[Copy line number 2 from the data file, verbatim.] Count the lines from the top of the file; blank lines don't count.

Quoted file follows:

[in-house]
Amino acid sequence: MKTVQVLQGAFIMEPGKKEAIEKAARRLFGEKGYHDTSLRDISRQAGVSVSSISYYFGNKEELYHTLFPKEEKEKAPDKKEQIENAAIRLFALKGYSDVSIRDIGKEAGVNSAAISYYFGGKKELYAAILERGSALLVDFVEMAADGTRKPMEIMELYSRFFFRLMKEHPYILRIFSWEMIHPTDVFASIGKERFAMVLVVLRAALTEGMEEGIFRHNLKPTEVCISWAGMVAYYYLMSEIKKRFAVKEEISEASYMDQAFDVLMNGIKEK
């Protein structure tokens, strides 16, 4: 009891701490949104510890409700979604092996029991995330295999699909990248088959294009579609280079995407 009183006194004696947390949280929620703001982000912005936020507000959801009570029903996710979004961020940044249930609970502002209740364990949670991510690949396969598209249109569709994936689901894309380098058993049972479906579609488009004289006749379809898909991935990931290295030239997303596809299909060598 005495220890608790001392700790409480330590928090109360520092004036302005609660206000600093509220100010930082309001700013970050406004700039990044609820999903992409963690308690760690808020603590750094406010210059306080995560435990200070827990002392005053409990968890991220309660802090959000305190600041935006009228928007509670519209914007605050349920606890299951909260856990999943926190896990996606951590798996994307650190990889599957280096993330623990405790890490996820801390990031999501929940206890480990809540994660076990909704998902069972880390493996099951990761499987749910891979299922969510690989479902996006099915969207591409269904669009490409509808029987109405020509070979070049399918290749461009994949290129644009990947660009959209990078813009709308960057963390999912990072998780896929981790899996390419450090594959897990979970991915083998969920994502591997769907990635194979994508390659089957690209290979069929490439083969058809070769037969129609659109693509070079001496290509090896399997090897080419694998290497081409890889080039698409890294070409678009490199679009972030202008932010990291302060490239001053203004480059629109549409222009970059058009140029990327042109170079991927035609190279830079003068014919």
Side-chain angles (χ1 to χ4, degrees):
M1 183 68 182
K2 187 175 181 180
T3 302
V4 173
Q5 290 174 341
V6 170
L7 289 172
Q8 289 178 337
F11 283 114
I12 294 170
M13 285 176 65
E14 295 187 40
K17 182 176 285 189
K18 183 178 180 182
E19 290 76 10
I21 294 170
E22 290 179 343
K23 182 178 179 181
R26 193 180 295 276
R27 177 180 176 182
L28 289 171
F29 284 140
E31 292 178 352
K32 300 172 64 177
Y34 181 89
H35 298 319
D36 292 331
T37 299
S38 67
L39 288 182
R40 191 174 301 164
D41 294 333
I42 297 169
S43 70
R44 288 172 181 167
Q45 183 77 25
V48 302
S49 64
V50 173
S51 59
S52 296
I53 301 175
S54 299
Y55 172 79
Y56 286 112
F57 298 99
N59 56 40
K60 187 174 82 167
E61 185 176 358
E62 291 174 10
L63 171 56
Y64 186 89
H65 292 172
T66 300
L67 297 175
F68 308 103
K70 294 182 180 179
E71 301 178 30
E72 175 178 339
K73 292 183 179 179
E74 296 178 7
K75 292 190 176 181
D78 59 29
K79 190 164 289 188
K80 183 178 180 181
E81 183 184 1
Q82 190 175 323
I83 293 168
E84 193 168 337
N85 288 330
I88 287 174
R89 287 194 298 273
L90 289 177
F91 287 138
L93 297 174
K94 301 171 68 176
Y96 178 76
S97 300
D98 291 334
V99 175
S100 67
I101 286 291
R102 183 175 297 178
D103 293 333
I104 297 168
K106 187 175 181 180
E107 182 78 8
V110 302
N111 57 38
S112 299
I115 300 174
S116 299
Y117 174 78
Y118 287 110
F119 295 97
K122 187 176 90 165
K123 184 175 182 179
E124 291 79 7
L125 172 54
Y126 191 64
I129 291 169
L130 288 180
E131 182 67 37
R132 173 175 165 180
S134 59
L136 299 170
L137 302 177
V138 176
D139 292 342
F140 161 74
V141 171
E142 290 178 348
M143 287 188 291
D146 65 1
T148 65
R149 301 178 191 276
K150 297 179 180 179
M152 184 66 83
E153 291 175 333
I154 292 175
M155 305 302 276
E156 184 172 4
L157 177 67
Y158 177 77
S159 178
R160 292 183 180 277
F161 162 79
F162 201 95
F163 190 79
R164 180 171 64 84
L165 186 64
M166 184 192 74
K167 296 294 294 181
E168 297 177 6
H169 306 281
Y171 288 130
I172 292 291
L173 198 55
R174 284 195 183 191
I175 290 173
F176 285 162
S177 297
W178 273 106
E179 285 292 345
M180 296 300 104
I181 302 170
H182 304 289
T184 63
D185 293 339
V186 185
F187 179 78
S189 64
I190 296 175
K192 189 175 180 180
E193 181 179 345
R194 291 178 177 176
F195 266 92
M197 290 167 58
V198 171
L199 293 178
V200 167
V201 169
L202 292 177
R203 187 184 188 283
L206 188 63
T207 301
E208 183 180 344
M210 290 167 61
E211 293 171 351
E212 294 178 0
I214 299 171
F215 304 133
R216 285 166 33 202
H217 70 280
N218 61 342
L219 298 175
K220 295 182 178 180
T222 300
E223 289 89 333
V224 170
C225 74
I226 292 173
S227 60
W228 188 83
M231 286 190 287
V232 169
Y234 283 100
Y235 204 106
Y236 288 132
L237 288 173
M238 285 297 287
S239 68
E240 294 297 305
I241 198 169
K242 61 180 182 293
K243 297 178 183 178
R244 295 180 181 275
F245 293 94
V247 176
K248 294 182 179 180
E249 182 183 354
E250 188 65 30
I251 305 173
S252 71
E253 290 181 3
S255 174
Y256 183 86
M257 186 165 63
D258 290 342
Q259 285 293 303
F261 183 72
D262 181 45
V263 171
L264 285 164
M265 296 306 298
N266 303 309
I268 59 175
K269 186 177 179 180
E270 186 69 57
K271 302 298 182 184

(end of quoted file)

Amino acid sequence: MKTVQVLQGAFIMEPGKKEAIEKAARRLFGEKGYHDTSLRDISRQAGVSVSSISYYFGNKEELYHTLFPKEEKEKAPDKKEQIENAAIRLFALKGYSDVSIRDIGKEAGVNSAAISYYFGGKKELYAAILERGSALLVDFVEMAADGTRKPMEIMELYSRFFFRLMKEHPYILRIFSWEMIHPTDVFASIGKERFAMVLVVLRAALTEGMEEGIFRHNLKPTEVCISWAGMVAYYYLMSEIKKRFAVKEEISEASYMDQAFDVLMNGIKEK